Remembering Teachers

Feb 20, 2011 | 1 comment

Sydney ‘Holds’ the Sign – Fourth Grade, 1945

     Several of my friends can name every teacher they ever had from Kindergarten through High School.  Of course, they went to a one-room schoolhouse and never changed school districts.  My family moved around a bit, so that’s my excuse for my fuzzy memories regarding school.  God forbid I wasn’t paying attention!  But a few teachers do stand out.
     Miss Thompson was the Kindergarten teacher at Edison School in Alameda, California.  She was also the principal, probably because it was 1941 and we were gearing up for war.  Women were beginning to enter the workforce in larger numbers, even taking jobs that were once considered the domain of men.  I remember Miss Thompson fondly. She taught me to read, to love school, and she looked the other way when I poured my untouched milk down the sink.
     Still in Alameda in fourth grade, I went to Lincoln School and Miss Hamilton was my teacher.  She gave me my first taste of  ‘writing essays.’  I loved essay writing!  And, in sixth grade, Mrs. (or was it Miss?) Hester  was full of “projects.”  I think I still have the booklet on South America that I made that year.  And I can still sing “Billy Boy” and tell you what a billabong is from our study of Australia.  I loved projects.
     Mr. Sonntag was my seventh grade teacher.  We had come to Oysterville for the year and I rode the school bus to Ocean Park School along with John Holway and Vernon Andrews —  or maybe he had already moved to Ocean Park.  (Oysterville School only went to sixth grade by then.)  Mr. Sonntag was the principal and also the seventh/eighth grade teacher.  He was the first “man teacher” I had ever had and under his tutelage I learned what corporal punishment was all about.  Not from any first-hand experience, though.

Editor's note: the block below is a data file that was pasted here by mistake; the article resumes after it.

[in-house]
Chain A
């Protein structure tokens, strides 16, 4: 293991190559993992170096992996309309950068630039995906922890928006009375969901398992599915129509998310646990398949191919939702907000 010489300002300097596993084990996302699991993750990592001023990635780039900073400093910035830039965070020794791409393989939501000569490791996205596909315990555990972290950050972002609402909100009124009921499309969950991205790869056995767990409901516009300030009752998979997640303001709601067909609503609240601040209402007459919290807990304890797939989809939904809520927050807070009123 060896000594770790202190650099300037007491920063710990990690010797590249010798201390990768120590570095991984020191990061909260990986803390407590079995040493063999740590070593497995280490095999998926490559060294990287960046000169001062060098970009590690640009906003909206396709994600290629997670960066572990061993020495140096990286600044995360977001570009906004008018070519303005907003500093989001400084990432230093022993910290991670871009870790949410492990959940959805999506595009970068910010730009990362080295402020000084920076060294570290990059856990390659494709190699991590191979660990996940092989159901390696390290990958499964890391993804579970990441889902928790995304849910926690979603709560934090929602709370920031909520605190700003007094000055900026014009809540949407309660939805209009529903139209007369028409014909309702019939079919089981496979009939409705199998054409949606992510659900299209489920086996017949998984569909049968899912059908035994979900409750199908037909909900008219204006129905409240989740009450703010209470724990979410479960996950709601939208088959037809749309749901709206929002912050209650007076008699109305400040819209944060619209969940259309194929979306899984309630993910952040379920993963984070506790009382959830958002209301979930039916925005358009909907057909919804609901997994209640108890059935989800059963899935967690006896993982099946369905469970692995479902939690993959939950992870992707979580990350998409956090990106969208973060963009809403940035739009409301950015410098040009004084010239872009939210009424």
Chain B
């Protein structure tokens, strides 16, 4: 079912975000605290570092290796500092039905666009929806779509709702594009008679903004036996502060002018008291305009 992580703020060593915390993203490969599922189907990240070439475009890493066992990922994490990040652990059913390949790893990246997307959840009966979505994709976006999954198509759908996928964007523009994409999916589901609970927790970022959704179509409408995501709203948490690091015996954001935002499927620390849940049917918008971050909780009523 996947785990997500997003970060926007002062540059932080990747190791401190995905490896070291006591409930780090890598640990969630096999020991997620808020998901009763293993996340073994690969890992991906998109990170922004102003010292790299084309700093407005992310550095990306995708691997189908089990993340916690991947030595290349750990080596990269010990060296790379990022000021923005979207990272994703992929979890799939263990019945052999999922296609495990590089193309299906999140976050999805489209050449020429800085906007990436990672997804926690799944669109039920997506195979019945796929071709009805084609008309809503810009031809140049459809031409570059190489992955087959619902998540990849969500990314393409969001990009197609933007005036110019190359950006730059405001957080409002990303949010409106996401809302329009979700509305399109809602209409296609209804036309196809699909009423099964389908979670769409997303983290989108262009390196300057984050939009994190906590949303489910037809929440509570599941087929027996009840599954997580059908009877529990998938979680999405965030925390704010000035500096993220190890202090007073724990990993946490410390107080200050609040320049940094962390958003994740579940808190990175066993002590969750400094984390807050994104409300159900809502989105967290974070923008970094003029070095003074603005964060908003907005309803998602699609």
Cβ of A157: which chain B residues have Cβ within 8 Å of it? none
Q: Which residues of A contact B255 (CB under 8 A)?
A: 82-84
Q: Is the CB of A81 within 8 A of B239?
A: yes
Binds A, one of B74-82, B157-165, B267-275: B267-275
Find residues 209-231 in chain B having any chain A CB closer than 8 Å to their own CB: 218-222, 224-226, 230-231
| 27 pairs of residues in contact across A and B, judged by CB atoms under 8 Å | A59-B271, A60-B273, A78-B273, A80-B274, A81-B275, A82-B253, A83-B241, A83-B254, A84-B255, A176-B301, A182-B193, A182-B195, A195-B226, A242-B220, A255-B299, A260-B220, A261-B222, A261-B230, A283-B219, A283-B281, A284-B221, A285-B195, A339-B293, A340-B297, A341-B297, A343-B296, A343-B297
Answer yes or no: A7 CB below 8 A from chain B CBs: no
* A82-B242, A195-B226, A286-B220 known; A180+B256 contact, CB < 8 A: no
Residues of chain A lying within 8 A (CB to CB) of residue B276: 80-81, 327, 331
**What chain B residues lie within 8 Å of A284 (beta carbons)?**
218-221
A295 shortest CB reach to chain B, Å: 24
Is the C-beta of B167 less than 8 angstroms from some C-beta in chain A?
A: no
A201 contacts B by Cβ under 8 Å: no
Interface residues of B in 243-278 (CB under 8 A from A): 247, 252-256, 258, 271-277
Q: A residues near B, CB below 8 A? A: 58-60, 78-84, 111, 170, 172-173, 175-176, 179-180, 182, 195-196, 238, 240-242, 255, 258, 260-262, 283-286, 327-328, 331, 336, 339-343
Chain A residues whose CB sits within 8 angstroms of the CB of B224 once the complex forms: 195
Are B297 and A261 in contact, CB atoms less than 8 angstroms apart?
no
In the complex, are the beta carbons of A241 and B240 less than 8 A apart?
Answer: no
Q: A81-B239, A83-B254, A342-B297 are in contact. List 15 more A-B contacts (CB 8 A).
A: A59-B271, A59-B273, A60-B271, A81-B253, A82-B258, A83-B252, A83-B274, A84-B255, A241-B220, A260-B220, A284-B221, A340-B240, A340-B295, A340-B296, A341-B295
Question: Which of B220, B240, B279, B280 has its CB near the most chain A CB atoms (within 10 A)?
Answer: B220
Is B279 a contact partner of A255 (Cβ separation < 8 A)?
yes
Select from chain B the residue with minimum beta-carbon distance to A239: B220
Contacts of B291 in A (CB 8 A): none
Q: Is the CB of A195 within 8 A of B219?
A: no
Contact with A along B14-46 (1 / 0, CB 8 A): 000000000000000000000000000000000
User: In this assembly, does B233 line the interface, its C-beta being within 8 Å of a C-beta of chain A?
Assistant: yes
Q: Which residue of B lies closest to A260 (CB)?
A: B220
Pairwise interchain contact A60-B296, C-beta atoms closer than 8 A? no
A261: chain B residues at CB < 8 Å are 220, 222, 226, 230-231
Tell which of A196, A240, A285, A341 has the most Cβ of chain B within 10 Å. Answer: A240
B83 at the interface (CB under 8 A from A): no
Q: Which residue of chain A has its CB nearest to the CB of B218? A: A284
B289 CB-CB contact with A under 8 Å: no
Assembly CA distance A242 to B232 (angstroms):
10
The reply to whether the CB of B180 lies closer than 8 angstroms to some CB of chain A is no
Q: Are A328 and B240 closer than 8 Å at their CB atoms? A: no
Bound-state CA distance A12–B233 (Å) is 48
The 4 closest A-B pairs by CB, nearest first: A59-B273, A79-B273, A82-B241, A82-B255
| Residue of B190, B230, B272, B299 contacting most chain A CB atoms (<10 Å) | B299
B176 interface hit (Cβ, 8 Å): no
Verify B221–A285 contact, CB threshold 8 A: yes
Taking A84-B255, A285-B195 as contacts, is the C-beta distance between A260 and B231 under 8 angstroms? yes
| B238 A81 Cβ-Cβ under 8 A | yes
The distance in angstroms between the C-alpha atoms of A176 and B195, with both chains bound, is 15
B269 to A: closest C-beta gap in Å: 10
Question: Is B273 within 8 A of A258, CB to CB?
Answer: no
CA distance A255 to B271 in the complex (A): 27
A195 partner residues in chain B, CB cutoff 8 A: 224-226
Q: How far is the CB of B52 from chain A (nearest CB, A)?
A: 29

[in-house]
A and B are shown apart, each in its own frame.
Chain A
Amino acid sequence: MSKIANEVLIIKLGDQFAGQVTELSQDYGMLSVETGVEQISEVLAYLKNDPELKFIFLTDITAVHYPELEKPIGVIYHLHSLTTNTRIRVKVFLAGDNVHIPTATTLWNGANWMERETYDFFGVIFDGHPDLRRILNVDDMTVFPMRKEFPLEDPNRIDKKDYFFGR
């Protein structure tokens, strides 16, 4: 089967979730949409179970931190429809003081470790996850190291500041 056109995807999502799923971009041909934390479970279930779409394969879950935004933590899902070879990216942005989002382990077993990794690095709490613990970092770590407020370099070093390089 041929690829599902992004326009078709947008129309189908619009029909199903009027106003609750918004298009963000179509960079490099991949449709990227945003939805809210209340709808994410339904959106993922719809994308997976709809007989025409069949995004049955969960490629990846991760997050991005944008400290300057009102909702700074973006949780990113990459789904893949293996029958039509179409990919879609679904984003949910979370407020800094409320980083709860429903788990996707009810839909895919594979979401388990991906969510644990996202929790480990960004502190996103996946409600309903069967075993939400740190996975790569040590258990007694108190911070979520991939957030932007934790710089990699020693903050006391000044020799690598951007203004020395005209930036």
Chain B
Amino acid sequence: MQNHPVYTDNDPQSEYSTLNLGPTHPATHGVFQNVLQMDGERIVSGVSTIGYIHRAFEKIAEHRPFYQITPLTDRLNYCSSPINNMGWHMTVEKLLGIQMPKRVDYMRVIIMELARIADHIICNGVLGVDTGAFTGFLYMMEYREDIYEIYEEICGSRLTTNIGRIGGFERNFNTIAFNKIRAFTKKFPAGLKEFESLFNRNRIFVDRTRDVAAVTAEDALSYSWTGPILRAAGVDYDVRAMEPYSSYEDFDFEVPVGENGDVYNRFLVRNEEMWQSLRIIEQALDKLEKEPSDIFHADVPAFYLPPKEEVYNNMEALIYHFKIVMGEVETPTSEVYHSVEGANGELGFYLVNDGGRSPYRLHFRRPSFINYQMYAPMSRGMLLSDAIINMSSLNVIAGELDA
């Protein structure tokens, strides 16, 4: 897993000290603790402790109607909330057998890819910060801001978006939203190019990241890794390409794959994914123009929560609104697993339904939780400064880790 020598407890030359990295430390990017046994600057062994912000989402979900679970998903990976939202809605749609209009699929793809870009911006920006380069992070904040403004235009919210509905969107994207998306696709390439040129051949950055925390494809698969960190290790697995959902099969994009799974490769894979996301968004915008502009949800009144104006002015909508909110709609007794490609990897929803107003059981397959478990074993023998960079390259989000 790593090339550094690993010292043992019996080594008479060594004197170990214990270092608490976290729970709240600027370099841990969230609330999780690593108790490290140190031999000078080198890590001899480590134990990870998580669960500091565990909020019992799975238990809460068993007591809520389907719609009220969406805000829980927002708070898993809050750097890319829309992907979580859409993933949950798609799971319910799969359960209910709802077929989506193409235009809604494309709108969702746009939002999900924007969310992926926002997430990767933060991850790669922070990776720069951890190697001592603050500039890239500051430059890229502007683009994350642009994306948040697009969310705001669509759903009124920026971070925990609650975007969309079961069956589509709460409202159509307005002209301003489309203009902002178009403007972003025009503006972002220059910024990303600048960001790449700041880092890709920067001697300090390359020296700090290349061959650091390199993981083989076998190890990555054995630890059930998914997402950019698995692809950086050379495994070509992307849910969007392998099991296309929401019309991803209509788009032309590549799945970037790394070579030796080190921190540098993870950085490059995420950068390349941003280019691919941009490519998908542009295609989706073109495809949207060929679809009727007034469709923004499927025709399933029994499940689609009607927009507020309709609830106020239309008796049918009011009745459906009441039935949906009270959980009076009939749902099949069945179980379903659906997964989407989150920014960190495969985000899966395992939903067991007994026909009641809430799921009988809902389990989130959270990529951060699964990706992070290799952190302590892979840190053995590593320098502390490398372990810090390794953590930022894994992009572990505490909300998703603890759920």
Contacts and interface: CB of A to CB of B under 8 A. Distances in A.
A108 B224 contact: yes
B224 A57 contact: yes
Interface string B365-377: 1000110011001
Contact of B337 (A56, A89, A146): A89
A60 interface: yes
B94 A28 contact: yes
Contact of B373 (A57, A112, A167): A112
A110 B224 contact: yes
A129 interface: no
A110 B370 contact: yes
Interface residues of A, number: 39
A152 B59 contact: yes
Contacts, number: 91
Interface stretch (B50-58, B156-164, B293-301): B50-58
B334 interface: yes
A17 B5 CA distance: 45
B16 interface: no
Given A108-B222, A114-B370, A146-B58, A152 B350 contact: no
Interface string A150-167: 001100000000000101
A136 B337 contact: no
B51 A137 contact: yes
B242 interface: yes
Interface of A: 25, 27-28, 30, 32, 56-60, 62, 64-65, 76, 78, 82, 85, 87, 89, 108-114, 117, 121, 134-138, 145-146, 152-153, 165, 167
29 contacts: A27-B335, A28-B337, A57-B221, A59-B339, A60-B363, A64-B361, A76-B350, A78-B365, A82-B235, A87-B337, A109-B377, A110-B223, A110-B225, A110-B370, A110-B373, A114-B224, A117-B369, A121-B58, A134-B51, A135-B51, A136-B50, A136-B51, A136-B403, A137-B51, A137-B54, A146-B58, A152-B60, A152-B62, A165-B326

I, along with everyone else in school, would hear the thumps, whacks, and his loud voice in the hall if he had to take one of the boys out of the classroom for some transgression.  Once, Bobby Coppock and I got caught kissing at lunchtime.  Bobby was the recipient of punishment in the hall.  I was told that a girl from a good family like mine shouldn’t be friendly with a boy like Bobby.  What I learned from Mr. Sonntag was that I liked “bad boys.”  Still do.
     Mrs. Barnes was my eighth grade English teacher in San Rafael, California.  I remember her as “old,” attractive, and very formal.  All business.  She never had to raise her voice – we were all totally “engaged in the learning process” as they would say in today’s parlance.  We diagrammed sentences and memorized poetry which we recited to the class on Fridays.  I learned to love words from Mrs. Barnes.
     I remember quite a few of my San Rafael High School teachers – dramatic Mrs. Paterson who made Algebra fun.  Her husband, kindly-but-boring Mr. Paterson who made geometry a chore.  Miss Giraudo, my first journalism teacher.  She was probably not much older than we were and was full of quiet enthusiasm and cheerful inspiration.  In one of those small world things, she had been a student teacher in Visalia with my mom and dad’s Redlands classmate, Carol Montague, the year before coming to our school.  She was engaged and after that first year, moved to Alaska to be married.
     Mr. Curtis took her place.  I still loved journalism but, looking back, I think his expectations were too high for me.  I remember struggling to write a weekly column for our newspaper, the Red ‘N’ White.  He filled me with determination, though, and I went on to major in journalism at Stanford.
     I think that when I finally figured out that it was teaching I was meant to do, each of those teachers contributed to the kind of teacher I was.  Probably all the unremembered ones did, too – but I don’t remember.

1 Comment

  1. Stephanie Frieze

    I wish that everyone would stop to think about how their teachers influenced their lives. I had one particularly bad teacher who was eventually determined to be mentally ill. Back in those days if you complained about your teacher your folks told you to toughen up and respect even a crazy man. Now they complain if their little darling didn’t get an A, regardless of the fact that it wasn’t earned. Fortunately, I remember most of my teachers fondly. I married into a family of teachers and am the mother of one so I know first hand that it is one of the most important jobs in our country and sorely under-valued. People are concerned with having the best and brightest drawn to medicine and science, but fail to remember who gets those people there. Teachers deserve to be remunerated commensurate with the importance of their job–educating our future and then after they start funding teacher pay properly; parents need to step up to the plate and make sure homework is done and that they demonstrate the respect that teachers should have.


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